Vitamin C and Atrial Fibrillation After Cardiac Surgery
The purpose of this study is to determine if vitamin C decreases the chance of developing atrial fibrillation, a type of arrhythmia or irregular heartbeat, following cardiac surgery. This irregular heartbeat is a common occurrence following cardiac surgery, and occurs in about one third of patients. It poses extra risks to people who develop it. Our hypothesis is that Vitamin C will decrease the incidence of postoperative atrial fibrillation.
Drug: Ascorbic Acid
Other: Identical Placebo
|Study Design:||Allocation: Randomized
Endpoint Classification: Efficacy Study
Intervention Model: Parallel Assignment
Masking: Double Blind (Subject, Caregiver, Investigator, Outcomes Assessor)
Primary Purpose: Prevention
|Official Title:||Effect of Ascorbic Acid on the Incidence of Post-operative Atrial Fibrillation in Patients Undergoing Cardiac Surgery|
- Post-operative atrial fibrillation [ Time Frame: Patients will be followed for the entire hospital stay, with an expected average of 5 days ] [ Designated as safety issue: No ]
- Hospital length of stay [ Time Frame: 30 Days ] [ Designated as safety issue: No ]
- Intensive care unit length of stay [ Time Frame: 30 Days ] [ Designated as safety issue: No ]
- Stroke [ Time Frame: 30 Days ] [ Designated as safety issue: No ]
- Transient ischemic attack [ Time Frame: 30 Days ] [ Designated as safety issue: No ]
- Mortality [ Time Frame: 30 Days ] [ Designated as safety issue: No ]
- Hospital Readmission for atrial fibrillation [ Time Frame: 30 Days ] [ Designated as safety issue: No ]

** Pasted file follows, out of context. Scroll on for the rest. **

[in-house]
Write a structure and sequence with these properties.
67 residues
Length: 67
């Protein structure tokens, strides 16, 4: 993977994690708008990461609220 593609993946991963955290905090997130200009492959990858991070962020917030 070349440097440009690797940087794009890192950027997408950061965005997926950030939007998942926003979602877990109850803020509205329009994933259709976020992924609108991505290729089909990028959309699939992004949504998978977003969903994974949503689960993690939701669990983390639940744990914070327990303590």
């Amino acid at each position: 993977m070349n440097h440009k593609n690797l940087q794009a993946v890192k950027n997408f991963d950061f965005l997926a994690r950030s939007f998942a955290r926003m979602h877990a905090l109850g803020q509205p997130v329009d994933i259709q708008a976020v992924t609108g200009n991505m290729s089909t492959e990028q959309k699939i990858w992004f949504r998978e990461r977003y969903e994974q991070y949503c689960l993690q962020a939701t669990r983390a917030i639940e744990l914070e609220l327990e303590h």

|Study Start Date:||July 2012|
|Estimated Study Completion Date:||August 2015|
|Estimated Primary Completion Date:||July 2015 (Final data collection date for primary outcome measure)|
|Experimental: Ascorbic acid||
Drug: Ascorbic Acid
Two 1 g capsules the evening prior to surgery, followed by one 1 g capsule every 12 hours starting the morning of the first postoperative day for 5 days.
Other Name: Vitamin C
|Placebo Comparator: Placebo||
Other: Identical Placebo
Two capsules the evening prior to surgery, followed by one capsule every 12 hours starting the morning of the first postoperative day for 5 days.
The development of atrial fibrillation (AF) following cardiac surgery is relatively common, occurring in approximately 25-60% of patients. Coronary artery bypass graft surgery (CABG) carries the lowest risk of AF development, with an incidence of approximately 25-30%, followed by cardiac valve and combined CABG/cardiac valve surgeries, with incidences up to 60%. AF development in patients undergoing cardiac procedures has been linked to increases in postoperative morbidity and mortality, including an increase in readmission to the ICU, stroke, reintubation, and 30-day and 6-month mortality. Patients who develop AF have also been shown to experience longer hospital stays, both in the ICU and overall.
While some other medications have been shown to decrease the risk of AF development, the use of beta-blockers peri- and postoperatively have shown the most promise, and are the standard of care for patients undergoing CABG surgery. However, patients experiencing AF have been shown to experience cardiac production of peroxynitrite, corresponding to a hypothesis that AF occurs through oxidative stress. Due to this correlation, supplementation of ascorbate has been proposed as a treatment to reduce the risk of AF development following cardiac surgery. Ascorbate is a potent peroxynitrite antagonist, and may therefore reduce oxidative stress and AF development following cardiac surgery. This trial aims to assess the efficacy of ascorbic acid in reducing the incidence of postoperative AF in patients undergoing elective or urgent CABG surgery, cardiac valve surgery, or a combination of the two. Our hypothesis is that ascorbic acid will decrease the incidence of postoperative AF development.
Please refer to this study by its ClinicalTrials.gov identifier: NCT01580683
|Contact: Scott Bolesta, Pharm.D.||email@example.com|
|Contact: Lear Von Koch, M.D.||firstname.lastname@example.org|
|United States, Pennsylvania|
|Regional Hospital of Scranton||Active, not recruiting|
|Scranton, Pennsylvania, United States, 18510|
|Principal Investigator:||Scott Bolesta, Pharm.D.||Wilkes University|